The other of the other

Talles Lopes
2023 Fall Residency

During the Residency at the Block House, I dedicated myself to thinking about how coloniality in the institution of modern Brazil was not only visible in the violent exploitation of the forests and their people, or in the perpetuation of racial violence in modernization projects in the 20th century, but was also silently translated into the international and commodified image of Brazilian tropicality. I suppose that such a tropical stereotype would be symptomatic of the processes of historical violence, running from a governmental image to design and architecture, to the extent that such an appeal to tropicality was sewn into the imminent domination of the territories, forests and peoples of its own territory.

Living on Governors Island, I was able to investigate how this imaginary was partially produced in the New York context through art, architecture and design exhibitions in different institutions during the 20th century. I was interested in two key episodes in the internationalization of modern Brazilian architecture, the experience of the Brazilian pavilion at the New York World's Fair (1939) and especially the Brazil Builds exhibition (MoMA, 1943), marked by the strong presence of tropical plants within the exhibition. Thus speculating on the hypotheses that Brazil outlined a third world imperialism in these exhibitions through its affiliation with a Corbusian modernism that attested to a development along Western lines, added to the use of Brazilian flora as a sign of the new cycles of internal colonization of Brazil's territories and biomes, based on the expansion of agricultural frontiers.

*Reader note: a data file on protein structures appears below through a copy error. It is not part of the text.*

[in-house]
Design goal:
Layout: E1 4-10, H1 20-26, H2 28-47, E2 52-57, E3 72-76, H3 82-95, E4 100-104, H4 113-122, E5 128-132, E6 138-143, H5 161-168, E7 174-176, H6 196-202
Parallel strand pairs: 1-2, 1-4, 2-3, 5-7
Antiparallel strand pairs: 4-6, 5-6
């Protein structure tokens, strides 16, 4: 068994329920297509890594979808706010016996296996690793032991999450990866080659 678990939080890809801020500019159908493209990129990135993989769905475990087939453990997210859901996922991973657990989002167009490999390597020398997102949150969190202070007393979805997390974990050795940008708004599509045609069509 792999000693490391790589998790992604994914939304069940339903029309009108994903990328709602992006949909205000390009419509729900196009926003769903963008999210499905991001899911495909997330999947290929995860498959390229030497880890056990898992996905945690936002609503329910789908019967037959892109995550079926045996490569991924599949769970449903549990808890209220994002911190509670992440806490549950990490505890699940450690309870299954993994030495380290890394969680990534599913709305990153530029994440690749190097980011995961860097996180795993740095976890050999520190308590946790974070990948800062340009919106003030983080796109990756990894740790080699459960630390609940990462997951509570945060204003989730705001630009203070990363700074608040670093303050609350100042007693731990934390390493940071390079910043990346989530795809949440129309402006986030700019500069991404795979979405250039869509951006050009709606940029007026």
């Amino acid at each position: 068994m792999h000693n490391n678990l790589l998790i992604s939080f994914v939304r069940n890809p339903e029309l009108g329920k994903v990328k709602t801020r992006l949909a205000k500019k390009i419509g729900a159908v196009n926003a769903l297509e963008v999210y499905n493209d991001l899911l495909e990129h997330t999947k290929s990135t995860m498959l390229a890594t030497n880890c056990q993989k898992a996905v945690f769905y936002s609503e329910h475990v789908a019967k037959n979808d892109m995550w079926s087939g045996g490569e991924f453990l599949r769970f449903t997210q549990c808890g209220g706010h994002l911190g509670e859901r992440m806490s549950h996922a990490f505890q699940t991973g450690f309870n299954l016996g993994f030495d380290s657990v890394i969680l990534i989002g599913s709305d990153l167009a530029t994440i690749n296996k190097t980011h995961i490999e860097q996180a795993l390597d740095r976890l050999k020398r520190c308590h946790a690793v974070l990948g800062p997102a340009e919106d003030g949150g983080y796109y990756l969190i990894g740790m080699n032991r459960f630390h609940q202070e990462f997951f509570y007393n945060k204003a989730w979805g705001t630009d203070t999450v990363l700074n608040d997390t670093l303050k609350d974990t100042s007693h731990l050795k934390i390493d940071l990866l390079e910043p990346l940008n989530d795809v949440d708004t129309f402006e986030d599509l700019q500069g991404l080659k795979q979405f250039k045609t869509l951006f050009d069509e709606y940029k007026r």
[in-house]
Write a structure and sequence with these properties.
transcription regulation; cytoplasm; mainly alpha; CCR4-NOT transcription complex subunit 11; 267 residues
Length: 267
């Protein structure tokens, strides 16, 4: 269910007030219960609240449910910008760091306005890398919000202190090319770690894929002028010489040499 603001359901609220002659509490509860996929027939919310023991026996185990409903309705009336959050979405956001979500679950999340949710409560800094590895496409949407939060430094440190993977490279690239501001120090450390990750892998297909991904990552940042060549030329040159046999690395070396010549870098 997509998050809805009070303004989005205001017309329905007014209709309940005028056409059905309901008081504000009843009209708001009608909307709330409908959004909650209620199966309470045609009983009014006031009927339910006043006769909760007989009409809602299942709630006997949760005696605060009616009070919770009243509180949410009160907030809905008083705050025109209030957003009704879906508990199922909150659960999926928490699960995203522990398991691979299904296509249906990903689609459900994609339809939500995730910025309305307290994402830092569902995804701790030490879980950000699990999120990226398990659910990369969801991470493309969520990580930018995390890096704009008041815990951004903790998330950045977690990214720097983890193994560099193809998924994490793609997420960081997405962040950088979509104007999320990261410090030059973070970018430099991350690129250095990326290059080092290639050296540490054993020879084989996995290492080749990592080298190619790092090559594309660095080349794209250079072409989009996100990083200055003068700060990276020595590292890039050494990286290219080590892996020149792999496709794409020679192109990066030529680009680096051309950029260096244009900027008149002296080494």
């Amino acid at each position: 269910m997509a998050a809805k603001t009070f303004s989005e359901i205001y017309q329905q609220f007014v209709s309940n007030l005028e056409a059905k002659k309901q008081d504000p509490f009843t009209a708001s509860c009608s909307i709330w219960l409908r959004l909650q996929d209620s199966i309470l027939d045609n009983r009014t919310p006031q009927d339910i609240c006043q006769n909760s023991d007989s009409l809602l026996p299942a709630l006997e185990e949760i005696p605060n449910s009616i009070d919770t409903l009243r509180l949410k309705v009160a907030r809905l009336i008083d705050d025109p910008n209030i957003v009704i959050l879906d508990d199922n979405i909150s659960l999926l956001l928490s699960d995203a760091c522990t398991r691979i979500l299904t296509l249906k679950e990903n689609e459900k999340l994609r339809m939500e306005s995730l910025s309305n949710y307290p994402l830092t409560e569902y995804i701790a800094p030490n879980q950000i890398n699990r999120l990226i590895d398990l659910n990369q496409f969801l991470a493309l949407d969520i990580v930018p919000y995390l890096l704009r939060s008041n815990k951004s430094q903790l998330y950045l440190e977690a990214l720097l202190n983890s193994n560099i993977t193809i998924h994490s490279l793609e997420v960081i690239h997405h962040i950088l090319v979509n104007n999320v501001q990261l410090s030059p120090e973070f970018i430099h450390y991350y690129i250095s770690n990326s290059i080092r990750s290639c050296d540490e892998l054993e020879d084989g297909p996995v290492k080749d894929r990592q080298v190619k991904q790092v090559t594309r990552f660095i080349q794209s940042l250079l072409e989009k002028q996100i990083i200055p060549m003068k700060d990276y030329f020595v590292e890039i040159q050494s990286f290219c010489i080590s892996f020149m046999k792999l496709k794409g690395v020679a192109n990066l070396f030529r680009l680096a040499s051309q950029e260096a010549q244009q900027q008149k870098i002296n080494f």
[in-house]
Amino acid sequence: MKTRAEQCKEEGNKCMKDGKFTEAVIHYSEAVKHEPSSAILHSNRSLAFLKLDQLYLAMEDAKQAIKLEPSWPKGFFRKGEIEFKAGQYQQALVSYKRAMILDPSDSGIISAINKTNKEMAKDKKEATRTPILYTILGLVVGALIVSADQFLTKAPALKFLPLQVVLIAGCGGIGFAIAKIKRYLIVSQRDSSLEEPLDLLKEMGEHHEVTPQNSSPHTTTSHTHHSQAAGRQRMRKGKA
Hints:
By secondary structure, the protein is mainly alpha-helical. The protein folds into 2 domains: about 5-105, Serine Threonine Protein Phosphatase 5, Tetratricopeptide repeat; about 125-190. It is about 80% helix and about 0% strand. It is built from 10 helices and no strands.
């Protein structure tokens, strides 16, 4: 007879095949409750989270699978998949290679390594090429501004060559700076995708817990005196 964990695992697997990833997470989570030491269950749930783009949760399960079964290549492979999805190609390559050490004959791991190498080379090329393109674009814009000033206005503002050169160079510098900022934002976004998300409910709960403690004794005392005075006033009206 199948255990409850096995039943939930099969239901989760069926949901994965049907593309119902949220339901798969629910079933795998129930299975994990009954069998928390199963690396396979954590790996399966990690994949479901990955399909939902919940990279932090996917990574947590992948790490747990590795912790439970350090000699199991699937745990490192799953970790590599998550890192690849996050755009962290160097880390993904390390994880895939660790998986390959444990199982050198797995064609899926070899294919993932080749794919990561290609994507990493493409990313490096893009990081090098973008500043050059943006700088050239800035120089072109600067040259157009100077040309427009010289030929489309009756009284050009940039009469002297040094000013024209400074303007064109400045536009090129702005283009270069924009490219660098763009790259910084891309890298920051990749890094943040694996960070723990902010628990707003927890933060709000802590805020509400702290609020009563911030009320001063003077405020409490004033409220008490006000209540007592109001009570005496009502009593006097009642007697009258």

My hypothesis is that the fetish around a tropical stylistics, manifested in the excessive prominence of exotic plants in these exhibitions, was a symptom of a set of colonization and territorial integration policies in the 20th century, of which modern architecture was the main representative. These policies were guided by an imaginary in which forests were the representation of the "other", stigmatized along with their populations as savages subject to Western civilization. Aggressive agricultural expansion and mineral extraction, the violent integration of indigenous peoples into the national project were translated in New York in the display of exuberant tropical plants alongside modern concrete and steel buildings. With the domestication of plants in these exhibitions, Brazil signaled the domestication of its own territory in its colonial project of national integration.

Finally, this project explores, appropriates and reframes the displays and graphic materials of the exhibitions researched during the residency, seeking to unveil the relationship between design and the logic of domination in the United States and Brazil.



2023 Fall Residency
︎︎︎ Residency

2023 Fall Exhibition
︎︎︎ Exhibit

2023 Fall Open [Block] House Series
︎︎︎ Event

Institute for Public Architecture

45 E 20th Street Suite 500
New York, NY 10003

9 Nolan Park
Governors Island, NY